To Read is to Fly

Originally posted on Steve McCurry's Blog:

“To read is to fly: it is to soar to a point of vantage which
gives a view over wide terrains of history, human variety,
ideas, shared experience and the fruits of many inquiries.”
 - A C Grayling, Financial Times
(in a review of A History of Reading by Alberto Manguel)

DSC_2998_esBrazil

I have always imagined that Paradise will be a kind of library.
- Jorge Luis Borges

TURKEY-10212Turkey

There is no frigate like a book 
To take us lands away, 
Nor any coursers like a page 
Of prancing poetry. 
This traverse may the poorest take 
Without oppress of toll;
How frugal is the chariot 
That bears a human soul.
- Emily Dickinson

DSC_8680_esLondon, United Kingdom

01734_06_esShanghai, China

_SM17860_adj; Havana, Cuba; 2010, CUBA-00018 Cuba

00038_18, Serbia, Yugoslavia, 11/1989, YUGOSLAVIA-10127.Serbia

BURMA-10711Burma

We read to know we’re not alone.
-  C.S. Lewis

USA-10880United States

DSC_3030_esCape Town, South Africa

ETHIOPIA-10221Ethiopia

India, November 2007,India

BRAZIL-10103Brazil

When I get a little money I buy books;
and…

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First Voices Indigenous Radio

I was thrilled and honored to be a guest on WBAI’s First Voices Indigenous Radio this morning with John Kane.

You can hear the program here:
http://www.wbai.org/server-archive.html
Click “Play” or “Download” next to the First Voices Indigenous Radio program on Thursday, April 10th at 9am.

It was wonderful to speak with John, who is so passionate about not only preserving ancient traditions, but seeing traditional societies adapt to our rapidly changing world.

Why We Photograph

Originally posted on In Flow:

Gatelivet i Montepulciano går i et langsomt tempo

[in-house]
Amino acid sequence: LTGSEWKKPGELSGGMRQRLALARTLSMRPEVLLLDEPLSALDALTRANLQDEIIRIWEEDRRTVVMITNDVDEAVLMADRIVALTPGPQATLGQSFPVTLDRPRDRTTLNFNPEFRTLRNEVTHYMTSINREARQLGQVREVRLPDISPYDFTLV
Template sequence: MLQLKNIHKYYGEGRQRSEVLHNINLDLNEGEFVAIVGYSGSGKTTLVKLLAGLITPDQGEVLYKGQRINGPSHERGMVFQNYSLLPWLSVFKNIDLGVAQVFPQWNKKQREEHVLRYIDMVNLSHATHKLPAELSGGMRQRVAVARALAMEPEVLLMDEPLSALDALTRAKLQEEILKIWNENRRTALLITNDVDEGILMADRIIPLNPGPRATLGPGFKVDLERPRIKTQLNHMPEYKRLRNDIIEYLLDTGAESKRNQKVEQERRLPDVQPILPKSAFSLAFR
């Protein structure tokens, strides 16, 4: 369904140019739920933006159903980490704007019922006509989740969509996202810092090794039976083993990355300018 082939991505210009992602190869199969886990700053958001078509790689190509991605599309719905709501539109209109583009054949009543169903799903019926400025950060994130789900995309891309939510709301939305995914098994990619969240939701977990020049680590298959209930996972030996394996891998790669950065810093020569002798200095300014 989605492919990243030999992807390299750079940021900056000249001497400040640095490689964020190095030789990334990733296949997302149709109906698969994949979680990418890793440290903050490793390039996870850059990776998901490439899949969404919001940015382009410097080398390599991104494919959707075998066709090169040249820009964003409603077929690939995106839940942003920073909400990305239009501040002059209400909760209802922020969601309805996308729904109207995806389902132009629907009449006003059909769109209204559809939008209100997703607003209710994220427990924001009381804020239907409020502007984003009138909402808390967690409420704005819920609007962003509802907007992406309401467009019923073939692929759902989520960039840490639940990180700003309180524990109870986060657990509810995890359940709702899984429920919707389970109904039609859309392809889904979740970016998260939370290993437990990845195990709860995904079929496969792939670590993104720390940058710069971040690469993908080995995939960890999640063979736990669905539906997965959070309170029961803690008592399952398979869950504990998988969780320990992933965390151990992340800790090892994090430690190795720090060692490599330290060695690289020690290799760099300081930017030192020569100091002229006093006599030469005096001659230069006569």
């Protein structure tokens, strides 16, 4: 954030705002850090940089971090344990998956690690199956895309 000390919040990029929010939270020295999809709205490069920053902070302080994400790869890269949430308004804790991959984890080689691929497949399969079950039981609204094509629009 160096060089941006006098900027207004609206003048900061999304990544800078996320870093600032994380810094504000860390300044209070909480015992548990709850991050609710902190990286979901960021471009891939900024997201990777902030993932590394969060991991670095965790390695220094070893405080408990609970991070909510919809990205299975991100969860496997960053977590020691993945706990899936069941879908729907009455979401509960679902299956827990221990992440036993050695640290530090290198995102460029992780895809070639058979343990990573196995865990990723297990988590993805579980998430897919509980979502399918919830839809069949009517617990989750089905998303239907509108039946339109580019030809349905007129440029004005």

There is hardly anyone today that doesn’t take photos. Modern cell phones, if nothing else, has opened up for almost the whole world to be able to capture important moments in each and everyone’s lives. Even when I travel to developing countries I see an abundance of cell phones and I see people of all social strata taking pictures. Of course there are still many, many people that cannot afford a cell phone let alone a camera, but never before has so many pictures been taken every moment of a day as today. As I wrote in my post Too Much of Nothing, we snap as many pictures today, every two minutes, as were taken in the entire 19th century, another boom time for photography.

I would think most people take photos as a means for storing memories. For them it’s just fun to have pictures from the last…

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Explorer Wade Davis on Vanishing Cultures

There’s a tendency for those of us in the dominant Western culture to view traditional people—even when we’re sympathetic to their plight—as quaint and colorful, but reduced to the sidelines of history, while the real world, which of course is our world, continues moving forward. We see these societies as failed attempts at modernity, as if they’re destined to fade away by some natural law, as if they can’t cope with change. That’s simply not true. Change is the one constant in history. All societies in all times and in all places constantly adapt to new possibilities for life.”
Wade Davis

The Suri Tribe in the Omo Valley

The Suri Tribe in the Omo Valley

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Traveling in the Omo Valley

“Some people say: “What does it matter if these cultures fade away.” The answer is simple. When asked the meaning of being human, all the diverse cultures of the world respond with 10,000 different voices. Distinct cultures represent unique visions of life itself, morally inspired and inherently right. And those different voices become part of the overall repertoire of humanity for coping with challenges confronting us in the future. As we drift toward a blandly amorphous, generic world, as cultures disappear and life becomes more uniform, we as a people and a species, and Earth itself, will be deeply impoverished.”
Wade Davis

In the Omo Valley, Ethiopia

In the Omo Valley, Ethiopia

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